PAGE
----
|hours each day. It is likely that the present trend toward an expansion of homemaker service will continue. Growing difficulties in finding foster homes and
growing dissatisfaction with the program of foster care will continue to provide
an impetus to explore alternative means of meeting the needs of the motherless
Developments in other areas are likely to reinforce the need for homemaker service. For instance, the trend toward community-centered psychiatric services, which help to keep more and more of the mentally ill in the community, requires--for its success--supplementary services such as homemaker service.
|2.||There is also a trend toward a more imaginative use of homemaker service. For instance, California has used funds available through the Children's Bureau Crippled Children's Program to provide homemakers for the mothers of handicapped children so as to relieve them for a few hours a day. Homemakers have also been used with families charged with neglect "in homes in which standards of household management was [sic] so poor as to seriously jeopardize the health and welfare of children in the family" ( Shames, 1972, p. 12). The homemaker assisted these mothers in the care of their children and instructed them in better methods of child care. The reports of homemakers have also been found to be of great help in determining actual conditions in families suspected of child abuse ( National Council, 1965a, p. 59). And in families with very young retarded children, homemaker service has been used to relieve family pressures and tensions. It has been hoped that as a result, "energies might be released to work out not only appropriate planning for the retarded child, but also to examine and work through family problems created or aggravated by a retarded child" (Retarded Infants Service, 1965, p. 10). Homemakers have also been used effectively with families threatened with eviction from public housing because of poor housekeeping standards, as well as with migrant workers and American Indian families on the reservations ( National Council, 1965, pp. 61-62).|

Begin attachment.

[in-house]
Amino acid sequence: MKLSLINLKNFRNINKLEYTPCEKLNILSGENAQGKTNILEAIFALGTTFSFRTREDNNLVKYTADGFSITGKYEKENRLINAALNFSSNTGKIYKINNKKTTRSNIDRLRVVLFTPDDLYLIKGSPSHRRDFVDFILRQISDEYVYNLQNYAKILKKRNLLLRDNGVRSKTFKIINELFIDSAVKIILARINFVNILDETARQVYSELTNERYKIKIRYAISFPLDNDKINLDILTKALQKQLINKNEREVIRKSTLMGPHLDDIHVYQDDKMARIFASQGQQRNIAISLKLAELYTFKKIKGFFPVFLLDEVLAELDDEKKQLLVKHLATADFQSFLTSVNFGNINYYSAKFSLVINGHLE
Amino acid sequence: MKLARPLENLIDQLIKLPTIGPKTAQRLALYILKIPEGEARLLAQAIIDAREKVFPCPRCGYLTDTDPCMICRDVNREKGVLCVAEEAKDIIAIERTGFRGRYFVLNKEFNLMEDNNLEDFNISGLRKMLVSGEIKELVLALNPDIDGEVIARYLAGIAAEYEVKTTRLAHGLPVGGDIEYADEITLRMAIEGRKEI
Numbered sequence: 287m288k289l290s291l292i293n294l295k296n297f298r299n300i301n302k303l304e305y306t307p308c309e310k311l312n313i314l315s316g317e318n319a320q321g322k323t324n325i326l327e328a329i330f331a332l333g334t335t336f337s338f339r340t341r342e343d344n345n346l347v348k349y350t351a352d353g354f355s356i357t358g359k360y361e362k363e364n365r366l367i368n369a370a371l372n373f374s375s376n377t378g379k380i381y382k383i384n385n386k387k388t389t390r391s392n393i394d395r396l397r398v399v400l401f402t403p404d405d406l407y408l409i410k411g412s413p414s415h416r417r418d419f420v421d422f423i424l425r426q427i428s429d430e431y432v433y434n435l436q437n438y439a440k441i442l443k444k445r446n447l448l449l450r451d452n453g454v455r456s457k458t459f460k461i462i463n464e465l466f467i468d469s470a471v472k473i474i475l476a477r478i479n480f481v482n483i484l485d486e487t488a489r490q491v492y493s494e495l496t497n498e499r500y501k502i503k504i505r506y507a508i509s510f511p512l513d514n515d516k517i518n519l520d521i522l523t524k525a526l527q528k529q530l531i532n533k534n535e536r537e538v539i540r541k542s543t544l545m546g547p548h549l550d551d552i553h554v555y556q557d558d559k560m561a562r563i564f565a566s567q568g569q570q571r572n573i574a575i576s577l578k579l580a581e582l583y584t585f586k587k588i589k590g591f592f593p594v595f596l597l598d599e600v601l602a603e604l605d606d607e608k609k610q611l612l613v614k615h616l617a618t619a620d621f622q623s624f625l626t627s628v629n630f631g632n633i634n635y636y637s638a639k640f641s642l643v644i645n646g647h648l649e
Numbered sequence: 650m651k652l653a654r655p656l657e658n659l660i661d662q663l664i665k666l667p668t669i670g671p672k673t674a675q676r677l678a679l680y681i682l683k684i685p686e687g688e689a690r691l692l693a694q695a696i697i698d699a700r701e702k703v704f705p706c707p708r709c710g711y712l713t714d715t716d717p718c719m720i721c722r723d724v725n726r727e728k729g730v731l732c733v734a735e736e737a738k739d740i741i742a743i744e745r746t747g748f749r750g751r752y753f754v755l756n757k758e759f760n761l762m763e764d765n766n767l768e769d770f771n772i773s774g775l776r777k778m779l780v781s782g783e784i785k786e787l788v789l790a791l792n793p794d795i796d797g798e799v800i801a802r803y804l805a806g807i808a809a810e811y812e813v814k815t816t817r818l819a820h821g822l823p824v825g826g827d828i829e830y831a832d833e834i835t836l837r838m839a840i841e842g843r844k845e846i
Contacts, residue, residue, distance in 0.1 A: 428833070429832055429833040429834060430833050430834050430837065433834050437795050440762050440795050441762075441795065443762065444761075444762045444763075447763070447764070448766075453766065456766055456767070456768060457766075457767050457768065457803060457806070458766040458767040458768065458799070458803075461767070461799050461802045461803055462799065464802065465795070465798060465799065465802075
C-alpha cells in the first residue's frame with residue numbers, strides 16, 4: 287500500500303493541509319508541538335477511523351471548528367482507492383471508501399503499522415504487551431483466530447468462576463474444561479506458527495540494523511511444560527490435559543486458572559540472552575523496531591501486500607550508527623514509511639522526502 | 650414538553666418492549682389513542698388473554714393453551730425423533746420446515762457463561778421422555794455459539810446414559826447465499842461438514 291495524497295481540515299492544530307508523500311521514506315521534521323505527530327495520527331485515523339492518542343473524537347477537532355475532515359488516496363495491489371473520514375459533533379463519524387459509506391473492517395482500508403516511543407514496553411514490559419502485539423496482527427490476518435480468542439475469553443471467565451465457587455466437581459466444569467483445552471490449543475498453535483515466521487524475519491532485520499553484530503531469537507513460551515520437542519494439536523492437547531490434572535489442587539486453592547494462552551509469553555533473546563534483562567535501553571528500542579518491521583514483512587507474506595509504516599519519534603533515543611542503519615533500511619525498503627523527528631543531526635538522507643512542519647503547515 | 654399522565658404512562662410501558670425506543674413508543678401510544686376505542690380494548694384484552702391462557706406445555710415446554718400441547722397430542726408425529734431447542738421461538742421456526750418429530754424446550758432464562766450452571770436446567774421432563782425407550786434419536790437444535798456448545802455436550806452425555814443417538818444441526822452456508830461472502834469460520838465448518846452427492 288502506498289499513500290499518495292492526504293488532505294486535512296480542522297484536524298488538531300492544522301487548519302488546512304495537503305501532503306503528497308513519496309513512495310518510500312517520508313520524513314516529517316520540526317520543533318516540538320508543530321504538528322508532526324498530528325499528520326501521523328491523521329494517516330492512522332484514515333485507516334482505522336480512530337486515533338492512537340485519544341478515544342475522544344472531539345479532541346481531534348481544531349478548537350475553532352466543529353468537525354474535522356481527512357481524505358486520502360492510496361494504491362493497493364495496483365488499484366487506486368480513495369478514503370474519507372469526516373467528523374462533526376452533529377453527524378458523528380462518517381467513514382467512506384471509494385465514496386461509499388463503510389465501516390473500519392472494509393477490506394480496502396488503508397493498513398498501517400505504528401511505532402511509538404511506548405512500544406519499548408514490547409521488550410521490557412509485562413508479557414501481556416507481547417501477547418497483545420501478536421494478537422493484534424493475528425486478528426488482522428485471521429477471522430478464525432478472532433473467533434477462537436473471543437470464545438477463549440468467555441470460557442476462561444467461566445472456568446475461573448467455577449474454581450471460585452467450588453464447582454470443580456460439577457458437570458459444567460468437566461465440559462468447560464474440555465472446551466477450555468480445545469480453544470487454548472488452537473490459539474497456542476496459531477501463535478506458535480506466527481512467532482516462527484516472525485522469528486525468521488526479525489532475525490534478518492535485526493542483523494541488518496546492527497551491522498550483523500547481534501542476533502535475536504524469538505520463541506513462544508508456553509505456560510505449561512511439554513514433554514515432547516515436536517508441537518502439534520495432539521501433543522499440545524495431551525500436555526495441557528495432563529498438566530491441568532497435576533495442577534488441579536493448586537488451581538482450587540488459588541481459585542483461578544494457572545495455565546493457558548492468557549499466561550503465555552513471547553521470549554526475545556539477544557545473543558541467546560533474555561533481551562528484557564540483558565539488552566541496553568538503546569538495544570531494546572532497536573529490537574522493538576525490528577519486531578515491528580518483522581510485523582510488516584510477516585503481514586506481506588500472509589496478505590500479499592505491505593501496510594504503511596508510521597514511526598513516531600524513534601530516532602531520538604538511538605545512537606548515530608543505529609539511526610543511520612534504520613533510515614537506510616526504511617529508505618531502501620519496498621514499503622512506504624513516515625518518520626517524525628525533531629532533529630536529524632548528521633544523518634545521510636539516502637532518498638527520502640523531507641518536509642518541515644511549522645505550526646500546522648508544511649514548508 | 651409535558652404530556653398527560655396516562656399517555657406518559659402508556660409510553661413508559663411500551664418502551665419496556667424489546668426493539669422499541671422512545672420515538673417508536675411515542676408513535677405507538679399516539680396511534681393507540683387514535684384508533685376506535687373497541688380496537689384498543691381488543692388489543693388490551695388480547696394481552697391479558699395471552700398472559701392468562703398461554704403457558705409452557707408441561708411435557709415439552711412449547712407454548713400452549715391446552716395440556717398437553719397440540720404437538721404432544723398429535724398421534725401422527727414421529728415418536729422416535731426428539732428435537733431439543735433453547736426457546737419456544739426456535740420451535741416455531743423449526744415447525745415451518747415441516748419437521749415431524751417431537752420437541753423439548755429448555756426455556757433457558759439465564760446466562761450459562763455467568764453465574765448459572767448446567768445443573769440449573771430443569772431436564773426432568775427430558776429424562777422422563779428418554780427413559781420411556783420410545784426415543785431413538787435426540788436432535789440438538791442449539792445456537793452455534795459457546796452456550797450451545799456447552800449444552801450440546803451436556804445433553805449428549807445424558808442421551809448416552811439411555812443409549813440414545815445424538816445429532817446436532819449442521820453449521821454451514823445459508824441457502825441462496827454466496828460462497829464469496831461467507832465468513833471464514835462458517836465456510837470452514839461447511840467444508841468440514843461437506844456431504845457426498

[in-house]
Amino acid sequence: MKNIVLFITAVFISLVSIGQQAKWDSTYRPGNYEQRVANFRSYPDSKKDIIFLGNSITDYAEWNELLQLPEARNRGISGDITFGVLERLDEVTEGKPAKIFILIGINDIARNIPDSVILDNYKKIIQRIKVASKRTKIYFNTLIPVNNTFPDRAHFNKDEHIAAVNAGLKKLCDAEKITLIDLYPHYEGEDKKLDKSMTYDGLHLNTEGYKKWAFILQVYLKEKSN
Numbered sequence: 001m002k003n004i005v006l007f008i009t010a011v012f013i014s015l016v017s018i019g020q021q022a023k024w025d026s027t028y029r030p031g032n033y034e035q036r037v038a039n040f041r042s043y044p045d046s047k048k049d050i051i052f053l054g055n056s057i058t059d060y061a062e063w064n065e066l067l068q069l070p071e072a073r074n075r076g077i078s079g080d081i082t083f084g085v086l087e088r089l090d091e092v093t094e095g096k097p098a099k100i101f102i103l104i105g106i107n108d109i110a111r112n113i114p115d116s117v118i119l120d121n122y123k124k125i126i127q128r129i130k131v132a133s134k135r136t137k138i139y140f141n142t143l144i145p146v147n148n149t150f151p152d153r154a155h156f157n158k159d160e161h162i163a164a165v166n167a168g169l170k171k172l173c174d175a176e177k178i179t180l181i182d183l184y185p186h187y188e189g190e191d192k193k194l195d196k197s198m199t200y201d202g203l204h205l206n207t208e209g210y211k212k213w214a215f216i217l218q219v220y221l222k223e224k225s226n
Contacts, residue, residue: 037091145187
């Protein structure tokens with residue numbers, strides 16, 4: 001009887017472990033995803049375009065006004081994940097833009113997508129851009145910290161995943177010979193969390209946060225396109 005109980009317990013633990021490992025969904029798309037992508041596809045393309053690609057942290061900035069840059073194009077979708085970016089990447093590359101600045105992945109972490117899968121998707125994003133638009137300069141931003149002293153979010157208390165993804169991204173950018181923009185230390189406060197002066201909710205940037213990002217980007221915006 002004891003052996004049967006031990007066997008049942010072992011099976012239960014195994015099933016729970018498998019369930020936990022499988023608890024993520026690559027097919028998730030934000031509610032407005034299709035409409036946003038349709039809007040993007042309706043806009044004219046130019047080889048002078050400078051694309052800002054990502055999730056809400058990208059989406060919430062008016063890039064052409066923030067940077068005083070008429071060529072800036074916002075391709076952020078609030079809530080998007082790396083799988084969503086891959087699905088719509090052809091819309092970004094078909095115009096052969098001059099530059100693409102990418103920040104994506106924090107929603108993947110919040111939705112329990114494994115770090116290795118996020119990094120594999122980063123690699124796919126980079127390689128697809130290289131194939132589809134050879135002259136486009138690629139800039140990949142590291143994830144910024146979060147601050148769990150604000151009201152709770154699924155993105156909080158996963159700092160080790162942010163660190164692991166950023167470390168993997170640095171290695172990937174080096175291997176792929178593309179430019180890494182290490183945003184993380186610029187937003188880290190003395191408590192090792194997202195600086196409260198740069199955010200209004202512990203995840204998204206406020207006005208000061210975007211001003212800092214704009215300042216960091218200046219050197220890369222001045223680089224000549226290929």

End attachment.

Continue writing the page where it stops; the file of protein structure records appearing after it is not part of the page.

|3.||Homemakers have been taught the essentials of behavior modification approaches and have been given responsibility for observing, recording, and reporting behavior and implementing techniques for changing maladaptive behavior: "In essence the homemaker serves as the agent through whom the behavior change program is implemented" ( Talsma, 1970, p. 4; See also Steeno, Moorehead, Smits, 1977).|
|1.||The mother is temporarily hospitalized.|
|2.||The mother is in the home but is ill or convalescing.|
|3.||The mother needs tutorial help in developing homemaker skills.|
|4.||The mother needs assistance in caring for a handicapped child.|
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Publication information: Book title: Child Welfare Services. Edition: 3rd. Contributors: Alfred Kadushin - Author. Publisher: Macmillan. Place of publication: New York. Publication year: 1980. Page number: 260.
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